The impact of labor market participation and transfer programs, in fact, undermines the argument that family structure by itself causes poverty: if one-parent households were poor simply because they had only one parent, then addressing factors other than their marital status would be ineffective. Instead, a more appropriate way to conceptualize the role of nonmarital family structures in poverty rates is to acknowledge that they identify the group of children most at risk of poverty. These children merit special (p. 433) attention because the consequences of growing up poor in a rich country are great. But, as this chapter has argued, the way they merit special attention is not through marriage, but through policies and programs that facilitate their family’s economic health.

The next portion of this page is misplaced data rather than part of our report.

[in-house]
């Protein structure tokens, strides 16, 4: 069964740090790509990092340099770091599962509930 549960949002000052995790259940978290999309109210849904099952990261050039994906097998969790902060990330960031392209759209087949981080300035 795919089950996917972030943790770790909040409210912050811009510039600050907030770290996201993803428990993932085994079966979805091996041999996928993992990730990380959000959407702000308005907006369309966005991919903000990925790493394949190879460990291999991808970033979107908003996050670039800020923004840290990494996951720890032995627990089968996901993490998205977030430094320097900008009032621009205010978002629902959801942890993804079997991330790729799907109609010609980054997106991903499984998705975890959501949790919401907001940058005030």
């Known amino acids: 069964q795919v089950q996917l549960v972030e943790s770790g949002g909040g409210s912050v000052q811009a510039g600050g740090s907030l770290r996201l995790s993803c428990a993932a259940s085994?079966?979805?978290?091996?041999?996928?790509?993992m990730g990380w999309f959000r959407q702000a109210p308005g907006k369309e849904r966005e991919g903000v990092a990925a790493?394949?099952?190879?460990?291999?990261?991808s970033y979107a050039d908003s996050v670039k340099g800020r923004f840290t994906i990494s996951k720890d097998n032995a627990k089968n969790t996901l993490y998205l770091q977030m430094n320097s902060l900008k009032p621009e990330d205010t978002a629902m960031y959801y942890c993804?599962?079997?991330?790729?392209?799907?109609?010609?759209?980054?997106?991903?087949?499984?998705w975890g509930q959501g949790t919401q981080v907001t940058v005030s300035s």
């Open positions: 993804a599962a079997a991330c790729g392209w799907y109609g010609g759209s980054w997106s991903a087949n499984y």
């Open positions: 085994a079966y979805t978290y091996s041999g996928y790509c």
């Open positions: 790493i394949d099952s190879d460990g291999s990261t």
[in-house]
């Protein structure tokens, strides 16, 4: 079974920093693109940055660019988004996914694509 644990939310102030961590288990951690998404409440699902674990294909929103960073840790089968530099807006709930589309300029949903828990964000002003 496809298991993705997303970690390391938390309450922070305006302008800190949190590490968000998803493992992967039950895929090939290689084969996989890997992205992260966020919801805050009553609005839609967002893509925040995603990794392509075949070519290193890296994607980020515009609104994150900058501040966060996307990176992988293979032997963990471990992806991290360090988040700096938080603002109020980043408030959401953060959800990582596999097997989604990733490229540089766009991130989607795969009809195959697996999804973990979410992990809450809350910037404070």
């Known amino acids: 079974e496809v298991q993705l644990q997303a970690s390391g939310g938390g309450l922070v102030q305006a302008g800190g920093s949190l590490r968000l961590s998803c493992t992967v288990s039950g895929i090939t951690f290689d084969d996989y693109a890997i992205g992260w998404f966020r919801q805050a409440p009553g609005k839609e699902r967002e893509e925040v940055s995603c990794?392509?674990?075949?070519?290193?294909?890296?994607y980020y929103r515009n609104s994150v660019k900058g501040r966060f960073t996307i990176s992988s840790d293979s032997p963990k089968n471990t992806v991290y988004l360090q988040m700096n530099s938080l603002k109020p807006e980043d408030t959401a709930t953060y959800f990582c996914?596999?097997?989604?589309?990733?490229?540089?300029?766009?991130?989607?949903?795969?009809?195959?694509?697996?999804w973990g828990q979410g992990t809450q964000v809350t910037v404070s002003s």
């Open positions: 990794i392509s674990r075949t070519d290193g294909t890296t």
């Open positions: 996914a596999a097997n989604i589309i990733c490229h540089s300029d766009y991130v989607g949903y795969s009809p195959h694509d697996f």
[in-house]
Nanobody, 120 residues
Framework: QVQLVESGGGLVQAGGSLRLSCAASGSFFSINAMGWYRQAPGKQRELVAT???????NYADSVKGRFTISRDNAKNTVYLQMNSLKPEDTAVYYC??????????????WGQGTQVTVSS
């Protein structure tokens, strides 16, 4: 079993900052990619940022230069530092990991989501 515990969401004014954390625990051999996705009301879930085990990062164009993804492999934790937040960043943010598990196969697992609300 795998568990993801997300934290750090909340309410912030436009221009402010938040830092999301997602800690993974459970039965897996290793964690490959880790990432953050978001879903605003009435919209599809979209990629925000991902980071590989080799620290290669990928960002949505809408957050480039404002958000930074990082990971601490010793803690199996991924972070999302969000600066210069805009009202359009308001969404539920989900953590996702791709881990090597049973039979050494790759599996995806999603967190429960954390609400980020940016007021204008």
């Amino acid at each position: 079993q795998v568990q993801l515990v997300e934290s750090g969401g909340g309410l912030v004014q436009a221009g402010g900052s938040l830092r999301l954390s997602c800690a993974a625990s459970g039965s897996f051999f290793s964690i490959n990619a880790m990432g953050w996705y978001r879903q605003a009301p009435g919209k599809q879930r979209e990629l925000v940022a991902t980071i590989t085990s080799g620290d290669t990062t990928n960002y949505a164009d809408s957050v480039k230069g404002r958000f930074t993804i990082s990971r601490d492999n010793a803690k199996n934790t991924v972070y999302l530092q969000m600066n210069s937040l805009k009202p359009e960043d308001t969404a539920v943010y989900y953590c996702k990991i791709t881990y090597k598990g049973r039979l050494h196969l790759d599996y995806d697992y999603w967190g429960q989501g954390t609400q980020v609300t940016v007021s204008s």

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(1.) Author’s calculations using data from the Luxembourg Income Study.

(2.) In this review, I have tried to include data from as many countries as possible. However, most of the work on nonmarital family structures has been concentrated on a select group of countries, particularly those in Western Europe and North America. Where possible, I have included research from emerging economies and other regions. Much work remains to be done, however, on how nonmarital family structures affect poverty and inequality outside the Western or European context.

(3.) Data on the 1980 NMFR not available for all countries examined in Figure 18.1.

(4.) Cohabiting unions between adults without children have also risen dramatically (Cherlin 2010; Kasearu and Kutsar 2011). This chapter only discusses cohabiting unions that involve children.

(5.) To the best of my knowledge, very little research has been done on the associations between cohabitation and poverty levels for countries outside the United States and Western Europe.